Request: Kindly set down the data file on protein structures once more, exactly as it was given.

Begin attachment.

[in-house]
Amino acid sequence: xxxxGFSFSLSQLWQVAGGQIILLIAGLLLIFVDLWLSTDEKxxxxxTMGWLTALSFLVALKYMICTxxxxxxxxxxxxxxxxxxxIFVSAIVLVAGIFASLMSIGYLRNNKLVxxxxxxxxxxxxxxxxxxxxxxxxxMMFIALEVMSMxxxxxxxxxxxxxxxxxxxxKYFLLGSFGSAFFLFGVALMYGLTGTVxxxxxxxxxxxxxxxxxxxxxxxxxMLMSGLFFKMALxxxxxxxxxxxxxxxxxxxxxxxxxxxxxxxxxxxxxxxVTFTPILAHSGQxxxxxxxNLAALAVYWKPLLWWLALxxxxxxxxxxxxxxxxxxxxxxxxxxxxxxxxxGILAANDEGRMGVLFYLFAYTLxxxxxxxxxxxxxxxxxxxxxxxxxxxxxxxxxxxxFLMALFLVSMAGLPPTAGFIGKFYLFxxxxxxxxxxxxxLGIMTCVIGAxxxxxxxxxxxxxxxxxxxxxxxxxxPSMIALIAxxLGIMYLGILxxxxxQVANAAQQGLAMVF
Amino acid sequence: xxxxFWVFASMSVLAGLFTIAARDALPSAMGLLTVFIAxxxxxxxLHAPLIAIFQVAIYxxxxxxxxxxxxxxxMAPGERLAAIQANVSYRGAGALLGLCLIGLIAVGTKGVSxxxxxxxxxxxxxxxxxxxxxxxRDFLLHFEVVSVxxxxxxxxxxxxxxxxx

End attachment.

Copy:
[in-house]
Amino acid sequence: xxxxGFSFSLSQLWQVAGGQIILLIAGLLLIFVDLWLSTDEKxxxxxTMGWLTALSFLVALKYMICTxxxxxxxxxxxxxxxxxxxIFVSAIVLVAGIFASLMSIGYLRNNKLVxxxxxxxxxxxxxxxxxxxxxxxxxMMFIALEVMSMxxxxxxxxxxxxxxxxxxxxKYFLLGSFGSAFFLFGVALMYGLTGTVxxxxxxxxxxxxxxxxxxxxxxxxxMLMSGLFFKMALxxxxxxxxxxxxxxxxxxxxxxxxxxxxxxxxxxxxxxxVTFTPILAHSGQxxxxxxxNLAALAVYWKPLLWWLALxxxxxxxxxxxxxxxxxxxxxxxxxxxxxxxxxGILAANDEGRMGVLFYLFAYTLxxxxxxxxxxxxxxxxxxxxxxxxxxxxxxxxxxxxFLMALFLVSMAGLPPTAGFIGKFYLFxxxxxxxxxxxxxLGIMTCVIGAxxxxxxxxxxxxxxxxxxxxxxxxxxPSMIALIAxxLGIMYLGILxxxxxQVANAAQQGLAMVF
Amino acid sequence: xxxxFWVFASMSVLAGLFTIAARDALPSAMGLLTVFIAxxxxxxxLHAPLIAIFQVAIYxxxxxxxxxxxxxxxMAPGERLAAIQANVSYRGAGALLGLCLIGLIAVGTKGVSxxxxxxxxxxxxxxxxxxxxxxxRDFLLHFEVVSVxxxxxxxxxxxxxxxxx